The government said on Tuesday it will keep mass-use social media and web applications like WhatsApp, Twitter and Facebook out of the purview of a new policy that seeks to control secured online communication.
Secure banking transactions as well as password protected e-commerce businesses would also be kept out of the ambit of the proposed National Encryption Policy, it said.
The climb down by the government came following a storm of protests from users who objected to any stringent state controls on the way people use their emails, social media accounts and apps.
The government proposed an addendum to the draft document, saying: "By way of clarification, the following categories of encryption products are being exempted from the purview of the draft national encryption policy:
1) The mass use encryption products, which are currently being used in web applications, social media sites, and social media applications such as Whatsapp, Facebook, Twitter etc.
2) SSL/TLSencryption products being used in Internet-banking and payment gateways as directed by the Reserve Bank of India.
3) SSL/TLS encryption products being used fore-commerce and password based transactions."
Experts told Hindustan Times the draft, if implemented in its current form, could compromise the privacy of users and hamper the functioning of several multi-national service providers in India.
Nikhil Pahwa, editor of the MediaNama website that tracks cyber issues and tech news, said there were several problems even with the addendum to the draft policy. “The usage of the phrase ‘currently in use’ renders the policy vague: Firstly, when is 'currently'?" he questioned in a post on his website.
"Will a new service that uses a different kind of encryption to protect its users, still be covered? Why should users be 'restricted to encryption currently in use'? Why should services like Whatsapp, Facebook and Twitter define our security standards?" said Pahwa, who also volunteers for savetheinternet.in.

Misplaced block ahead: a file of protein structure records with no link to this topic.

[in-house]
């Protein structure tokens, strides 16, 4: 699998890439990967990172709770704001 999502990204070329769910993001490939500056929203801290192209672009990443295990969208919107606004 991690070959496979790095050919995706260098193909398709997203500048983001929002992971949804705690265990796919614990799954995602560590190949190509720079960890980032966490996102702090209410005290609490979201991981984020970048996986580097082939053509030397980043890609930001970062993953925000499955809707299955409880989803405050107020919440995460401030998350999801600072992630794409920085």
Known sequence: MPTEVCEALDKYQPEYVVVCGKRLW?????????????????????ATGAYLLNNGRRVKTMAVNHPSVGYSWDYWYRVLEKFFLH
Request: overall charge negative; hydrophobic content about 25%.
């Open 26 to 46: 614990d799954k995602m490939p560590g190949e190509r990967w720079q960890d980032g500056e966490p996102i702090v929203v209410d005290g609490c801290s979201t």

According to the original draft policy, users of apps such as WhatsApp and Snapchat would be required to save all messages for up to 90 days and be able to produce them if asked by authorities.
"This clarification by the govt does not clarify anything, but further muddles the encryption policy (sic),” Pranesh Prakash, policy director for The Centre for Internet and Society tweeted after the government’s clarification.
While users on social media platforms called the draft “draconian” and “delusional”, Congress leader Manish Tewari also attacked the Union government.
“The encryption policy (draft) is a snooping and spying orgy. After net chats, the government may want you to keep a video record of what you do in your bedroom for 90 days,” the Congress spokesperson told reporters.
The draft policy was posted online to seek suggestions from the public before it is finalised by the government.
The author tweets at Nisheeth_U